Walkers of Whitehall
15 Whitehall, Westminster, London SW1A 2DD
Different people tell different versions of the same history, sometimes because they disagree on the facts, and sometimes because they disagree on how to interpret them. People have different perspectives, and their versions of history may be driven by conflicting interests in the present. But although history may be contested, we have a responsibility to build peace with our neighbours, for the benefit of both present and future generations.
Japan, China and the two Koreas have struggled to understand each other’s different perspectives on historical issues, and this has been preventing constructive diplomatic dialogue between them. On hearing that Moon Jae-in had been elected as the new President of South Korea, some Japanese politicians expressed pessimism about the future of the Japan-ROK relationship, because Mr Moon had pledged in his electoral campaign to abandon the 2015 agreement by Foreign Ministers Fumio Kishida and Yun Byung-se over WWII’s so-called ‘Comfort Women’. This historical issue has long created difficulties between the two countries. Meanwhile China has been creating tensions with several of its neighbours by challenging their sovereignty over various islands. Historical issues are involved here too.
In this seminar, the speakers will talk about the difficulties of handling historical issues affecting the region, which seem to have increased over the last decade. They will discuss what can be done to build peace in North East Asia for future generations.
About the contributors:
1. Professor Akio Takahara is Professor of Contemporary Chinese Politics at the University of Tokyo’s Graduate School of Law and Politics. He served as President of the Japan Association for Asian Studies (2009-11) and as Secretary-General of the New Japan-China Friendship 21st Century Committee (2009-14).
2. Dr Lauren Richardson is a Teaching Fellow in Japanese-Korean Relations and Politics at the University of Edinburgh. She has been a visiting fellow at the Japan Institute of International Affairs and Keio University and has participated in a number of security and strategic dialogues in the Asia Pacific.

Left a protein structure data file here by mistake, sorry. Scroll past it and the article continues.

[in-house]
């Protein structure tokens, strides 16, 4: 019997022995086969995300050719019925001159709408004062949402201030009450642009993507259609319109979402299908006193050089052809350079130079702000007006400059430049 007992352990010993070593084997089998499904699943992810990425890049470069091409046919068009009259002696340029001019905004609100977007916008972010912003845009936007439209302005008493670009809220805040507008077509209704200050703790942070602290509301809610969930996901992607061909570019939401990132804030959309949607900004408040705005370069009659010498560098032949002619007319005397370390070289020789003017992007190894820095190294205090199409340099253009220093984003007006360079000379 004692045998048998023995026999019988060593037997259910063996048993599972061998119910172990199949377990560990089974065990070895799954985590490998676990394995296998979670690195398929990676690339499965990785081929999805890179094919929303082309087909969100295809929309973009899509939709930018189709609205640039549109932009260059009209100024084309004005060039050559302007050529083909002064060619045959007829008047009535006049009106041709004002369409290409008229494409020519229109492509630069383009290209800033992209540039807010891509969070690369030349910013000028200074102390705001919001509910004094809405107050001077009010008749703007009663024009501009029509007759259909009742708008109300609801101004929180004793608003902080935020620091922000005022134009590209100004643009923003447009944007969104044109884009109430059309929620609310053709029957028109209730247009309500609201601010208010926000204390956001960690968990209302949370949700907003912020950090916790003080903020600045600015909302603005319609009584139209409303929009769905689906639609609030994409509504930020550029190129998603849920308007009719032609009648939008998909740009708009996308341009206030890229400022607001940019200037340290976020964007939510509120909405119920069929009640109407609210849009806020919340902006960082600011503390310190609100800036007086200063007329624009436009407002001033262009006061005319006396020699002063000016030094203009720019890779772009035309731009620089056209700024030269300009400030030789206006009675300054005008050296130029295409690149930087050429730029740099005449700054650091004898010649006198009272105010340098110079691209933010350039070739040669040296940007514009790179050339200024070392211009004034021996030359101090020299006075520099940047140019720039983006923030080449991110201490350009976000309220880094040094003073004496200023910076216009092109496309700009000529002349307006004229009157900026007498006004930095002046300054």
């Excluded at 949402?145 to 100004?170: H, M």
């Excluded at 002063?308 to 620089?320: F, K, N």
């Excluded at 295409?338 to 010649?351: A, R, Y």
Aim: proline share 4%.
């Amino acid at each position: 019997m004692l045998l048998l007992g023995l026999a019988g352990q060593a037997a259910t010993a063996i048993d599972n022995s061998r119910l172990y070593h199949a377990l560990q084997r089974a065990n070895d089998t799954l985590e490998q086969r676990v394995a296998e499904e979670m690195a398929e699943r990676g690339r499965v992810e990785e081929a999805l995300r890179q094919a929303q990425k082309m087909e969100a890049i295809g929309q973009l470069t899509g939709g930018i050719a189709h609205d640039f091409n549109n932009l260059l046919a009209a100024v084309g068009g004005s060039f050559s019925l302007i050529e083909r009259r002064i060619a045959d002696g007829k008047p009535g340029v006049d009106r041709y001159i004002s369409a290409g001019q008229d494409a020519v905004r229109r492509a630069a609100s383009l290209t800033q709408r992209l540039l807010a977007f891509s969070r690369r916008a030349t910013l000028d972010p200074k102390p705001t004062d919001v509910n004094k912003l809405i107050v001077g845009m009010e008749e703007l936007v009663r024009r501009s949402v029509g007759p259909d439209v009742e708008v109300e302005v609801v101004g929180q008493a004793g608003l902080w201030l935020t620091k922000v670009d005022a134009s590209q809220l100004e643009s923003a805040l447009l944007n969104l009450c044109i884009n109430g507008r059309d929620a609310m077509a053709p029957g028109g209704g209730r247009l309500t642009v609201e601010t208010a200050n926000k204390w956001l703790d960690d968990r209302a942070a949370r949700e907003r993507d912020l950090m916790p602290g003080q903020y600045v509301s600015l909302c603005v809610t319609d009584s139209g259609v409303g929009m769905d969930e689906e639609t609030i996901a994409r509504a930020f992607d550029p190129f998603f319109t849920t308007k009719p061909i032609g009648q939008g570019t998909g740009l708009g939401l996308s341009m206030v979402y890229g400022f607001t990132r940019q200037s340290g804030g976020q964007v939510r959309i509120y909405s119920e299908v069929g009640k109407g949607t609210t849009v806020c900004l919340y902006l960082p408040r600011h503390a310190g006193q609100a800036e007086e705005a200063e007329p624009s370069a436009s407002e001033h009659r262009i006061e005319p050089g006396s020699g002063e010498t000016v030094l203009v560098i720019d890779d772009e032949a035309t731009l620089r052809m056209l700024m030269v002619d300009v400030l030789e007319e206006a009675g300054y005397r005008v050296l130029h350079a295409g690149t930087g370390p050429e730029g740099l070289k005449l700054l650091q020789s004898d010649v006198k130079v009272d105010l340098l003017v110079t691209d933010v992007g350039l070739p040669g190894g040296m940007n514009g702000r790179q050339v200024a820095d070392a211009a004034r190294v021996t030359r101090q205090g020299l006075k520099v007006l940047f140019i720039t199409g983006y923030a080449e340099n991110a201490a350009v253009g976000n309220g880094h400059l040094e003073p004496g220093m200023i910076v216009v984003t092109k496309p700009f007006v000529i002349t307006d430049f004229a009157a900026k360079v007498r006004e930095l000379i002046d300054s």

3. Professor Steve Tsang is the Director of the SOAS China Institute. He has published very extensively on the politics, international relations, security and history of the Chinese mainland, Taiwan and Hong Kong. He has developed an analytical concept called ‘consultative Leninism’ for understanding the nature of politics in the People’s Republic of China.
4. Dr John Nilsson-Wright is the Fuji Bank University Senior Lecturer in Modern Japanese Politics and International Relations at the University of Cambridge. His research focuses on East Asian international relations, with a particular interest in the relationship between the USA and Japan during the Cold War, as well as contemporary regional security issues, and political changes in the region. He has been a visiting researcher at a number of East Asian universities, including Tohoku University in Japan, and Seoul National University in South Korea.
5. Dan Damon (Chair) is a BBC journalist and radio broadcaster who presents World Update for the BBC World Service.Damon reported from conflicts in Croatia and Bosnia, Baghdad during the first Gulf War, and Afghanistan. He then returned to the BBC in 1995 to work as a presenter and reporter for the BBC World Service and BBC Radio 4. In 2003 Damon became the main presenter of World Update on the BBC World Service.
REMINDER: Please arrive at 6pm to clear security at the Houses of Parliament.